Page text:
In short, the FBI fabricated conclusions from fabrications and turned them into sworn representations before the  powerful Foreign Intelligence  Surveillance Court.

Veteran FBI investigators who have worked counterintelligence cases and sworn out wiretap warrants say the  agents who ran the Russiagate investigation, codenamed Crossfire Hurricane, violated the fundamental principle requiring them to independently verify evidence they present to the court.

"Their actions -- lying and misrepresentations on warrants and affidavits -- are antithetical to every instruction  at FBI training at Quantico and in the field,"  said 27-year FBI veteran Michael Biasello.  "Any FBI Academy  trainee and agent in the field is aware that search warrants, affidavits and any accompanying documents and  information contained therein requiring federal judicial approval is to be vetted and verified to create a pristine  document. Their accuracy is vital."

The FBI declined comment.


Like CNN, the New York Times has tried to minimize the agency's reliance on the dossier. In a recent  article  on Durham's  inquiry, the Times maintained that the FBI only used "some" claims from the dossier in applying for court  permission to wiretap Page.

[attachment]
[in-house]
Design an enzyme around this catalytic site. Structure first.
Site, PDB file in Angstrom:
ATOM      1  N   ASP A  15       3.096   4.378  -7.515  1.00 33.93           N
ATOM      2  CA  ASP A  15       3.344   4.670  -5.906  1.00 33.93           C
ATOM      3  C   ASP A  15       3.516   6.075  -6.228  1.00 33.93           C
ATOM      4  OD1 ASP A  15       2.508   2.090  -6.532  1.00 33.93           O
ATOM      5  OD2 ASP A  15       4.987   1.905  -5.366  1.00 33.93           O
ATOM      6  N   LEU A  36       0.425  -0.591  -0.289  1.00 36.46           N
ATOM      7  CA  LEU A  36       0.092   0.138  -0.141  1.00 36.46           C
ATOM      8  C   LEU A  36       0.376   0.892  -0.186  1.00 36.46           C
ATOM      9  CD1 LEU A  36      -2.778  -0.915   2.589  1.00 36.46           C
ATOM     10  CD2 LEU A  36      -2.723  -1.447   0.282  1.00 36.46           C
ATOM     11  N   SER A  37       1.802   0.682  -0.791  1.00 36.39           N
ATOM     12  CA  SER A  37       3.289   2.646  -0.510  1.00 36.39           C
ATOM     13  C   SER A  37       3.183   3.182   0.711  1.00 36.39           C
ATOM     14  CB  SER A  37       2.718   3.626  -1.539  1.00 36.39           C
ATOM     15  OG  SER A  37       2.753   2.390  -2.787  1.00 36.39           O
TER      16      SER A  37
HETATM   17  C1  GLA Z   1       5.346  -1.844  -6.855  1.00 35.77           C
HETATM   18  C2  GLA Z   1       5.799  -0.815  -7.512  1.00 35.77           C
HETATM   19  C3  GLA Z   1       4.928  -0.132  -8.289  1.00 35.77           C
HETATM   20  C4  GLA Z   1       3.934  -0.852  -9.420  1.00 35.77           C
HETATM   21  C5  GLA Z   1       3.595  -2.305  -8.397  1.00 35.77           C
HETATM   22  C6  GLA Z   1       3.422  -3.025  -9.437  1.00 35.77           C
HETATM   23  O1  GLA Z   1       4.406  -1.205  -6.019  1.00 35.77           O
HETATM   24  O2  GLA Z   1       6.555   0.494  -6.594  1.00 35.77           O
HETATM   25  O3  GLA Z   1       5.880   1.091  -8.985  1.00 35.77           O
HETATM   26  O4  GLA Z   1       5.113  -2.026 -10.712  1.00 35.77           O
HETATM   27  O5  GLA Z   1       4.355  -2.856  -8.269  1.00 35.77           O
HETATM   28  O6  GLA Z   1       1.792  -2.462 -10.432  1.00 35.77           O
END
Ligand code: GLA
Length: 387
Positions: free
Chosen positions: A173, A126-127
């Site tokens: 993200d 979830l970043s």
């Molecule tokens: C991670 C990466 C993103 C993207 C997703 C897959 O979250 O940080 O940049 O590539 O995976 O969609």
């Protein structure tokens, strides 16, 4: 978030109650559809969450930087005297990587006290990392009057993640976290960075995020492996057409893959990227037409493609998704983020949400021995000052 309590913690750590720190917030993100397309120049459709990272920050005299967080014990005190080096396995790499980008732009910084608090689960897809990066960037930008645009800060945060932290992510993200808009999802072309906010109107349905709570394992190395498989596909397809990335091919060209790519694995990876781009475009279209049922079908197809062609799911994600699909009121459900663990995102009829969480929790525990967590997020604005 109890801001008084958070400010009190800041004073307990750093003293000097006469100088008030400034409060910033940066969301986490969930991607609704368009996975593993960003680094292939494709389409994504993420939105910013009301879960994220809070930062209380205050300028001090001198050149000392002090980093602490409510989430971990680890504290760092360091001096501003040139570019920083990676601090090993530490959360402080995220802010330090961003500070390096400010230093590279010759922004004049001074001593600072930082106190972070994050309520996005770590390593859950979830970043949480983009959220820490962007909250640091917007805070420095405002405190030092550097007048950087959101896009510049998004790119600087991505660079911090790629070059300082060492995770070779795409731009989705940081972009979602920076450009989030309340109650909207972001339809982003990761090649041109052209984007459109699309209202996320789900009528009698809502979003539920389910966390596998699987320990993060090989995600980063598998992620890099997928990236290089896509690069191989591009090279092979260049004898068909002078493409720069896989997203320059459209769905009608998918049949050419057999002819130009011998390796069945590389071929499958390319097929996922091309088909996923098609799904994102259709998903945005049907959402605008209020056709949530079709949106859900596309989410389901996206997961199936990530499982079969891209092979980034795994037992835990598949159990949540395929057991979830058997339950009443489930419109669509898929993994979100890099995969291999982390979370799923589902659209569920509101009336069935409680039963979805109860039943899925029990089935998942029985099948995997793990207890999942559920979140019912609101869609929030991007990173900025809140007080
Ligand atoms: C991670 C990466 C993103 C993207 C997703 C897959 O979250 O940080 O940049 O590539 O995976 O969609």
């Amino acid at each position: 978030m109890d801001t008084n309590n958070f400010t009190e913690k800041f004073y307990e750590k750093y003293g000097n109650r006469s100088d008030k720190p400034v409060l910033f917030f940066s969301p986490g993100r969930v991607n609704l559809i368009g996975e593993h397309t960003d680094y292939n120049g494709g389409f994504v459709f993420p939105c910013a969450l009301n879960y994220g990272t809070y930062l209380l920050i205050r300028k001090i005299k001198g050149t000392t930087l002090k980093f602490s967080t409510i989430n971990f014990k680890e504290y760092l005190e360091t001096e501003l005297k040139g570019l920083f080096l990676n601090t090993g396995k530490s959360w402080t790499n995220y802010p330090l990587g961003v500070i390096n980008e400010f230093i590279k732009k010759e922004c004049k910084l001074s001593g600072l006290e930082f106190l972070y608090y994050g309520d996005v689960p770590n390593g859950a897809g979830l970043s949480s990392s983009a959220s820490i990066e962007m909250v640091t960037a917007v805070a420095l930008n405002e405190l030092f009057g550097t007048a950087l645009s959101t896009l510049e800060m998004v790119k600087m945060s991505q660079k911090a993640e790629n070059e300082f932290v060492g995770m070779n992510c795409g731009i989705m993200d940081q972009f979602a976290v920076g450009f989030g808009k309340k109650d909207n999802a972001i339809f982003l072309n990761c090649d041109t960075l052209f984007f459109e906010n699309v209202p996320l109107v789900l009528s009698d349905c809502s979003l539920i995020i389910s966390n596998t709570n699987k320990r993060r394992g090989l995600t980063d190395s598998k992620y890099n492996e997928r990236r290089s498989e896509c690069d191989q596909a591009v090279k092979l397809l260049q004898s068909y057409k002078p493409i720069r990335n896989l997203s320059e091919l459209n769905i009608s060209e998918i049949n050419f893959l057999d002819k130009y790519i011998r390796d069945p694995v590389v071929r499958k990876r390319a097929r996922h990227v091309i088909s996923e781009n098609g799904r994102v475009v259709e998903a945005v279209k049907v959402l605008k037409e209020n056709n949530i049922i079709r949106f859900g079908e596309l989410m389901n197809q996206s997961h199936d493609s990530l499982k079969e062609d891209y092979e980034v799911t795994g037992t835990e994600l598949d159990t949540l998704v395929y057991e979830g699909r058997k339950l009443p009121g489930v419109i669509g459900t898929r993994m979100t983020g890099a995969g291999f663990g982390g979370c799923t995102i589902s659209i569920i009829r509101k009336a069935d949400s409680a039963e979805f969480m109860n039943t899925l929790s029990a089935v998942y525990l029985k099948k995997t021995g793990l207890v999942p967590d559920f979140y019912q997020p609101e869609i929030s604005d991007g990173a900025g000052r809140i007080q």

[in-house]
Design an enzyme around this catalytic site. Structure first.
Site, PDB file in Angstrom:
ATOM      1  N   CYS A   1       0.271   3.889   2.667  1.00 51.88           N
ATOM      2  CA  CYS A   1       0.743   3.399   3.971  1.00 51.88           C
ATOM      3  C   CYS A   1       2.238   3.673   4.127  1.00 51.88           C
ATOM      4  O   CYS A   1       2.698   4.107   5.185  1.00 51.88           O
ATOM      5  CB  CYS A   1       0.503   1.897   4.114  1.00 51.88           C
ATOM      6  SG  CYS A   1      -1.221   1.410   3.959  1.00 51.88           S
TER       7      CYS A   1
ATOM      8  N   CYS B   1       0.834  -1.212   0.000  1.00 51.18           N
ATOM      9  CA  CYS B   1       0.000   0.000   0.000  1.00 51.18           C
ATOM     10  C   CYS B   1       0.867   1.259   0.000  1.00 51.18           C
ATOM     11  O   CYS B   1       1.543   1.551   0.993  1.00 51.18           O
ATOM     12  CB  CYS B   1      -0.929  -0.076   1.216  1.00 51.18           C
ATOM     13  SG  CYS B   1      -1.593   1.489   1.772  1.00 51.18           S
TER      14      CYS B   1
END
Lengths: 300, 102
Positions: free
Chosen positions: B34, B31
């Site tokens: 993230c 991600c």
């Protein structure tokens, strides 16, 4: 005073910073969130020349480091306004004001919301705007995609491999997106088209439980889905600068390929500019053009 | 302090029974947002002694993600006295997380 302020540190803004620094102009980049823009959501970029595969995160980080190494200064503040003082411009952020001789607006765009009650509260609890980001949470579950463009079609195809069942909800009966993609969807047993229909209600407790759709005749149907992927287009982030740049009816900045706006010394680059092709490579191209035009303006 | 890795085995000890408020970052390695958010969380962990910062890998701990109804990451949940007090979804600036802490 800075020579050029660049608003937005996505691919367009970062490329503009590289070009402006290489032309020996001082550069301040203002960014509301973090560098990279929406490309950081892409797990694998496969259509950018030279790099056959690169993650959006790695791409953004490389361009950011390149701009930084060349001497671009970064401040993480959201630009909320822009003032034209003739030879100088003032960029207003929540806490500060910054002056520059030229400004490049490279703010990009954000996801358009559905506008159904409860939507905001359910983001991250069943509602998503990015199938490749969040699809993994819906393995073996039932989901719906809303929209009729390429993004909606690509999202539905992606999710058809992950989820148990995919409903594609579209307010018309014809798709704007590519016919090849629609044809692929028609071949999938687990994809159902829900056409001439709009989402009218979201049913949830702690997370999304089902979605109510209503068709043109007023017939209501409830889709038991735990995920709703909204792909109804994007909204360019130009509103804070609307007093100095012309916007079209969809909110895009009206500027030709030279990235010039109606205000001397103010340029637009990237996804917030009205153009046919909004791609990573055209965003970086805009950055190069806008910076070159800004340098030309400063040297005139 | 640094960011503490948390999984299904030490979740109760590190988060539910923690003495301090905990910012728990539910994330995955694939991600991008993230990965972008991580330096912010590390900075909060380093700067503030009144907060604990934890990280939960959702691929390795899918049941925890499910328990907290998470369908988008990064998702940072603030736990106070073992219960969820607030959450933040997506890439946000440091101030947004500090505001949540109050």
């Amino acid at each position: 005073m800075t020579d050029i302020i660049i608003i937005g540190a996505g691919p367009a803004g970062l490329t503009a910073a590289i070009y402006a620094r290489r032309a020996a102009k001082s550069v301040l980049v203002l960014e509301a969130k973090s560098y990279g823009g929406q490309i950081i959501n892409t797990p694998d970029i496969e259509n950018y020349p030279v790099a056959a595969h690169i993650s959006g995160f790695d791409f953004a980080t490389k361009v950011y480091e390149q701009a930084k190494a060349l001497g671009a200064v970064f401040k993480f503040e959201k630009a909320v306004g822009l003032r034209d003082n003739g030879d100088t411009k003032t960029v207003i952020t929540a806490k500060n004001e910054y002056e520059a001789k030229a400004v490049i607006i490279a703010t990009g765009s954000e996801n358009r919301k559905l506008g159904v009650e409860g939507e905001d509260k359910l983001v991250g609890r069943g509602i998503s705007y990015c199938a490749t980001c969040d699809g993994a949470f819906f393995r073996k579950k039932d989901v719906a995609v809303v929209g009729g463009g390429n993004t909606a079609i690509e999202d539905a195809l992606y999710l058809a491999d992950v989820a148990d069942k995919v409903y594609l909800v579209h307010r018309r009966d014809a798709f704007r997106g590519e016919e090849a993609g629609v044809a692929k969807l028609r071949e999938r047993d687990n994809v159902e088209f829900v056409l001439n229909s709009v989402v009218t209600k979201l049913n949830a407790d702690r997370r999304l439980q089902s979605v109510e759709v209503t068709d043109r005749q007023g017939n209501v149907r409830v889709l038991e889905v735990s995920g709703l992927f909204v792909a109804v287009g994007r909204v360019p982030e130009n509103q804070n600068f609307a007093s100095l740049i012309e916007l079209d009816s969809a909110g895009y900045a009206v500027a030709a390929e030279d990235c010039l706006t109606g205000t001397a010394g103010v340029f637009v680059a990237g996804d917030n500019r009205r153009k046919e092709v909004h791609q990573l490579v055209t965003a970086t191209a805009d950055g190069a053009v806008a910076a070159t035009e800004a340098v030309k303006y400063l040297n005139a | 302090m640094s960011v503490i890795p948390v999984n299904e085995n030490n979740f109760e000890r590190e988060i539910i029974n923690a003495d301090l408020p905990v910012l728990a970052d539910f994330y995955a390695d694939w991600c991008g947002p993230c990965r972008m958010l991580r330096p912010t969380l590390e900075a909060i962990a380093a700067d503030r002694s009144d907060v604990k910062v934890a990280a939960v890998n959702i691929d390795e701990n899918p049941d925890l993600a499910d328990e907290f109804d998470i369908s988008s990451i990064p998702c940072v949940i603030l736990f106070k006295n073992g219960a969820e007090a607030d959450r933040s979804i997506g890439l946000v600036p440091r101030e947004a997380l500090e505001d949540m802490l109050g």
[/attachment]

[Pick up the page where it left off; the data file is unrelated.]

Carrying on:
In fact, the FBI used several claims -- and those claims happened to constitute the most critical "evidence" in the  wiretap applications. Even  former deputy FBI director Andrew McCabe has admitted that if not for the Steele  dossier, no surveillance warrant would have been sought for Page.

All told, the FBI used four dossier reports -- Report 80, Report 94, Report 95 and Report 102 -- in all  four of its  FISA wiretap warrants targeting Page in 2016 and 2017. And three of the reports were based on a fictitious  source.